First Look: 2017 Red Paddle Co 11' 3" Sport SUP

Red Paddle Co's new size in the Sport range. The 11'3" fills the gap between the lively 11' and the more touring orientated 12'6"

This is such a useful size board. It offers that bit more for the exploring paddler than the all-round Ride series.
It has the forward speed of most other 12'6"'s but without loosing stability. It has a nice balance with the wide point being right by the handle, just where your feet should be.
The tracking is great, the large 9" FCS2 SUP Touring fin really holds the line but you only have to step back a touch to free up the nose and get the board turning quickly. When you do shift your weight back it stays stable due to the wider tail. Its more stable on the back end than the Ride series, and that is down to that wide tail and large fin.
Overall a quick, stable and responsive board. Good glide for ease of paddling on longer journeys but not so big its not fun to paddle.

 The pulled in nose keeps the waterline and helps with the glide of the board.
Even at 11'3" it doesn't look big.
 The wide tail really helps with the stability for stepback turns.

 Updates to the coiled leash are good. Better neoprene padding on the cuff and loosing the adjustable webbing bit was a good move.

 RSS Battens down the rail help with the stiffness.

 New screw thread comes as standard, this will take aa RAM mount, or your favorite action sports camera. (GoPro)
 A lighter bag helps with transporting it. A nice big pocket inside for your fin and elastics to keep your paddle in place.

 Very little flex in the board due to the RSS battens.

Demo board available now. Call 01392 219600 to arrange a free demo. 

Wednesday, 12 October 2016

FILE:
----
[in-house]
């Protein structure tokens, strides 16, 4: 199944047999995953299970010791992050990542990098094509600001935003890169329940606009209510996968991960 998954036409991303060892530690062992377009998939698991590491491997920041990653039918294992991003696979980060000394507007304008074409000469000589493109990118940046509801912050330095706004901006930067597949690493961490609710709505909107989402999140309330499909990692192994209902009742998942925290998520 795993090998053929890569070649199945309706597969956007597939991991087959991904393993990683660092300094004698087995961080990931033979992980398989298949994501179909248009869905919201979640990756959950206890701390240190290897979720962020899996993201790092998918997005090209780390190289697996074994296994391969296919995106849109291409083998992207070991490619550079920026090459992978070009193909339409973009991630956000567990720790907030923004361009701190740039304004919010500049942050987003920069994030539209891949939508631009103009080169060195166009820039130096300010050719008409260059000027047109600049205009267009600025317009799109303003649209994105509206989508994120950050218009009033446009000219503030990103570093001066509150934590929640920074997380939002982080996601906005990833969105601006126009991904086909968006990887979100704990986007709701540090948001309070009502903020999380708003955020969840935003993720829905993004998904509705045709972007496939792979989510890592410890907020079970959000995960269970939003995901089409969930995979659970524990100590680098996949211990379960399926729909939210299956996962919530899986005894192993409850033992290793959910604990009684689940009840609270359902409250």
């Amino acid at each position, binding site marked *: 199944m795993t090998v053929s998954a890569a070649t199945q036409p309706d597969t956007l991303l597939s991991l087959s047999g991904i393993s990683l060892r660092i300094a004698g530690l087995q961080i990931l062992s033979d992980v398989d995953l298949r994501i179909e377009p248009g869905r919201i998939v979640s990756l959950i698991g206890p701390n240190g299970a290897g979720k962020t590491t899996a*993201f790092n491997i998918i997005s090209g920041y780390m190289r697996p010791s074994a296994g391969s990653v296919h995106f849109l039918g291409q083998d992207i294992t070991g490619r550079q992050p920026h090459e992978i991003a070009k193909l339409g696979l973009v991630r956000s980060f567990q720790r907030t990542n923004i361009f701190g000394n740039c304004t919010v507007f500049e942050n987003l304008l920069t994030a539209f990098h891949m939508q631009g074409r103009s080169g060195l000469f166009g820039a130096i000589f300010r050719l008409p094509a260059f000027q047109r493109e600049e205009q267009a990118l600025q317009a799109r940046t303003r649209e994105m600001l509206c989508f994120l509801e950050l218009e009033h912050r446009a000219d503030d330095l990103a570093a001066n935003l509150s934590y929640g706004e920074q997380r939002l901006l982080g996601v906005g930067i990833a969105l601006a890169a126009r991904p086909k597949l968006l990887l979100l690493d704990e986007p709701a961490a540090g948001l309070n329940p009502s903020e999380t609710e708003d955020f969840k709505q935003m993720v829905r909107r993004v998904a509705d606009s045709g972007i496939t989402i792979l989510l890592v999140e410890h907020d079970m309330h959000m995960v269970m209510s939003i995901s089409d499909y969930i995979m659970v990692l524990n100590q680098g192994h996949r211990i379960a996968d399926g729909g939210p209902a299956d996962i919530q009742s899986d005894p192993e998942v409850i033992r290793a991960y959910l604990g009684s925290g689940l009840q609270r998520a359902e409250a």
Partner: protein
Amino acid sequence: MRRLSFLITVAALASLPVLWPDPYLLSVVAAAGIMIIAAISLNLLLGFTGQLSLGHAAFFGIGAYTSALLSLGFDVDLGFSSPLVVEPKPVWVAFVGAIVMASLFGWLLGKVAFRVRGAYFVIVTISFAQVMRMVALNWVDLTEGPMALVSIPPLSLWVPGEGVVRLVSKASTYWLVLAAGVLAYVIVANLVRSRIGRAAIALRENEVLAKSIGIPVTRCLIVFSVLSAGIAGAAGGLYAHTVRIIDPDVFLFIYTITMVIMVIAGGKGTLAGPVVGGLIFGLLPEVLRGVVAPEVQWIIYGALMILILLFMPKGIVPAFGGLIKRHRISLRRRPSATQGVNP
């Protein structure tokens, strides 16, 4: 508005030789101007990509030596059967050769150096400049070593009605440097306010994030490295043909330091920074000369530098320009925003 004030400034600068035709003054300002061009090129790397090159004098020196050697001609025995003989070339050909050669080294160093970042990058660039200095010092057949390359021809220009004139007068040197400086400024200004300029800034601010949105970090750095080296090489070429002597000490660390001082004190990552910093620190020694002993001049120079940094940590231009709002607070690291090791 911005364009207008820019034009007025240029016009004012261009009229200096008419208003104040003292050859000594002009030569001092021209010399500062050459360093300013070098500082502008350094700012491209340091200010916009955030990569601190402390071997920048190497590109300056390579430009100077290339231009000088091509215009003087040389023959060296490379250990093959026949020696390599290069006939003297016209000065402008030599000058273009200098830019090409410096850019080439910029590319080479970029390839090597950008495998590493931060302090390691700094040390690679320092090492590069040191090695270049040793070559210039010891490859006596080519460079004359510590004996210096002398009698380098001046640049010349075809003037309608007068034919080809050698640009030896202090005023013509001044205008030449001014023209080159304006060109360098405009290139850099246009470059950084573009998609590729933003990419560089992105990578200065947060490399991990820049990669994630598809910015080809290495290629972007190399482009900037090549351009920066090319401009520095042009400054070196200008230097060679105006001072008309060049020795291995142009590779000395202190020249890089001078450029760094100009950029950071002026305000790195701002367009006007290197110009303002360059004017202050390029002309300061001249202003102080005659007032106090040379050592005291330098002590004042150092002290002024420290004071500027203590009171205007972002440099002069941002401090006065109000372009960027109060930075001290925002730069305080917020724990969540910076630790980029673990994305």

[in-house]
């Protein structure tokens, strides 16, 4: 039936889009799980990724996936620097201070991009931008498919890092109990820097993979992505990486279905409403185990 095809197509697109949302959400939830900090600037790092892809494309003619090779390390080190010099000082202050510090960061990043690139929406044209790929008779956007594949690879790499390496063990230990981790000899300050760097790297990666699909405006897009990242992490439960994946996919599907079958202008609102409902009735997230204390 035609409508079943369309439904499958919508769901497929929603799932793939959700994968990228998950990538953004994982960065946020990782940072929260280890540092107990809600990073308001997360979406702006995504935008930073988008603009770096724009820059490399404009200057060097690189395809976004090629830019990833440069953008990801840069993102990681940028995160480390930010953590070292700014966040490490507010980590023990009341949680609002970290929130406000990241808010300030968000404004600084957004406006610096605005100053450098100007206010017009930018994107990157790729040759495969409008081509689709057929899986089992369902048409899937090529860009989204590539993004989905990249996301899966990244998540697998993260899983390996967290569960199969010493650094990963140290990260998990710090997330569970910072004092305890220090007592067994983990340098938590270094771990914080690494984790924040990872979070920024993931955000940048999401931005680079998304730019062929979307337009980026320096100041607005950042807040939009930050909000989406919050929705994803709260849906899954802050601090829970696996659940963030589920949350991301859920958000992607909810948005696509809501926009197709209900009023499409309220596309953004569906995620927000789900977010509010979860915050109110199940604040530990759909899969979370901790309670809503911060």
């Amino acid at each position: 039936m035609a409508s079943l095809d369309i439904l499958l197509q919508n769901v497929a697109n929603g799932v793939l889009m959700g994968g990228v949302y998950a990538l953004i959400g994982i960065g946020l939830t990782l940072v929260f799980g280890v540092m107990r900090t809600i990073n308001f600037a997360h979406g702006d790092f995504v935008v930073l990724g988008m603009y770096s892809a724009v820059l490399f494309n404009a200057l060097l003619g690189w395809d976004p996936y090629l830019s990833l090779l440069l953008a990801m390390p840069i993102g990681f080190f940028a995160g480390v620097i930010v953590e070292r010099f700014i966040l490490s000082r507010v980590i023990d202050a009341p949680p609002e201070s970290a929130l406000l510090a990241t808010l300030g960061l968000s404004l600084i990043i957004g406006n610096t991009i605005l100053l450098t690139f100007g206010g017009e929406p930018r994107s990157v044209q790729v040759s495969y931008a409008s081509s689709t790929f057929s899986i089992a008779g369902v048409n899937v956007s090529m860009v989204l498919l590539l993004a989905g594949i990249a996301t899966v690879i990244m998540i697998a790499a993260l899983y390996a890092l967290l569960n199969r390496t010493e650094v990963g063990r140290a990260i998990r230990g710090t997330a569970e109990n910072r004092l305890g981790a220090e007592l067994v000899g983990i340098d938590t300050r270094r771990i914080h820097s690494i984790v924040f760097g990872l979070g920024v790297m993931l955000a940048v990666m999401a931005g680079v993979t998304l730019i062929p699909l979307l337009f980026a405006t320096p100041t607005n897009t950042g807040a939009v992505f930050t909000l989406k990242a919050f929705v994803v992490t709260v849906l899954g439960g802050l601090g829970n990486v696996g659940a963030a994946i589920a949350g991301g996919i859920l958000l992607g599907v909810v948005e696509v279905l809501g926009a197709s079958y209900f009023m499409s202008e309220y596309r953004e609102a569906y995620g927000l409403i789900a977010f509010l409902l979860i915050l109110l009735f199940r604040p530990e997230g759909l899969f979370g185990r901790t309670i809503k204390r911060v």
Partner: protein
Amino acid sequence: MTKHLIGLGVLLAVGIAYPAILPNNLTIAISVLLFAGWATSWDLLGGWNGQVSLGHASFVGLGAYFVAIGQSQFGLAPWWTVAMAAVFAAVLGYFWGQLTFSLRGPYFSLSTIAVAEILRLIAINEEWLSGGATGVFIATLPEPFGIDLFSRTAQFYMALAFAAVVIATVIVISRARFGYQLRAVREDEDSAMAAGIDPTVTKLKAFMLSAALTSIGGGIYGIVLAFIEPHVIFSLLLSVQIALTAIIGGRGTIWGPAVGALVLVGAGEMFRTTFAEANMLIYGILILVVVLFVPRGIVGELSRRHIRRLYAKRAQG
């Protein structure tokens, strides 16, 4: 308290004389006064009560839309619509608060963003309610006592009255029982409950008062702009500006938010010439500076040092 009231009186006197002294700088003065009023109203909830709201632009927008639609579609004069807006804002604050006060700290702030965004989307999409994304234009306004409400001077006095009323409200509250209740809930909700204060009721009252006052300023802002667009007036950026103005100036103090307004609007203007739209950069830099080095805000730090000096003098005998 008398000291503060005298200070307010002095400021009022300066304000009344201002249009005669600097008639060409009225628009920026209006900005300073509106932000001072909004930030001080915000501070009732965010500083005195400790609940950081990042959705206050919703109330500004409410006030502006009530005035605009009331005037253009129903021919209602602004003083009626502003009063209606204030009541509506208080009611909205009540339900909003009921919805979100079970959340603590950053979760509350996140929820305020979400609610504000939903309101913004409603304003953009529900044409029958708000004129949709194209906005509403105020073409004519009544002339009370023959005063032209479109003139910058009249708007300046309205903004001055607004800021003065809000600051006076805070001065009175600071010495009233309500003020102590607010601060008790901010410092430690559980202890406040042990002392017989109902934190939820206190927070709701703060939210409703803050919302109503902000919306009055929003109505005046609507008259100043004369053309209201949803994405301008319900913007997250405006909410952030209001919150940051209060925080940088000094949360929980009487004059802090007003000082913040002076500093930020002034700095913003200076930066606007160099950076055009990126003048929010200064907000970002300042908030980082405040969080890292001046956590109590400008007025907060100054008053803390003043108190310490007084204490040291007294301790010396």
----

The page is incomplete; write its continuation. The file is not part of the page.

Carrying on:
Silverbirch Broadland 15 Duralite Review - By Alain Cook

I was given the opportunity to 'test drive' the Broadland 15 following a chance conversation with Liam at AS Watersports a few months ago. All they wanted in return was an honest review and a few photos. Well, I knew the Spey was on the cards again but not until September…
  • Could I wait that long?
  • Would it still be around? 
  • Was it worth sacrificing the comforts afforded from my Explorer 15 after years of tweaking?

I wasn't sure at first, but the answer was most definitely yes to all of the above. I should say I’m no expert, whatever that maybe, but I have been mucking about in canoes and kayaks for approximately thirty years with the last eight or so solely in a canoe.

This review is a personal opinion based on my experiences, with a bit of input from my tripping companions Clive, Graham, Matt S, Matt R, Paul, Nick, Pauline and Dave; between us a mixture of 3, 4, and 5 star paddlers. A big thank you for their practical and photographic input, especially Matt Rea for his expert stalking along the way, you’ll find his photographic work if you follow the link here: http://www.stinkingdaisy.co.uk/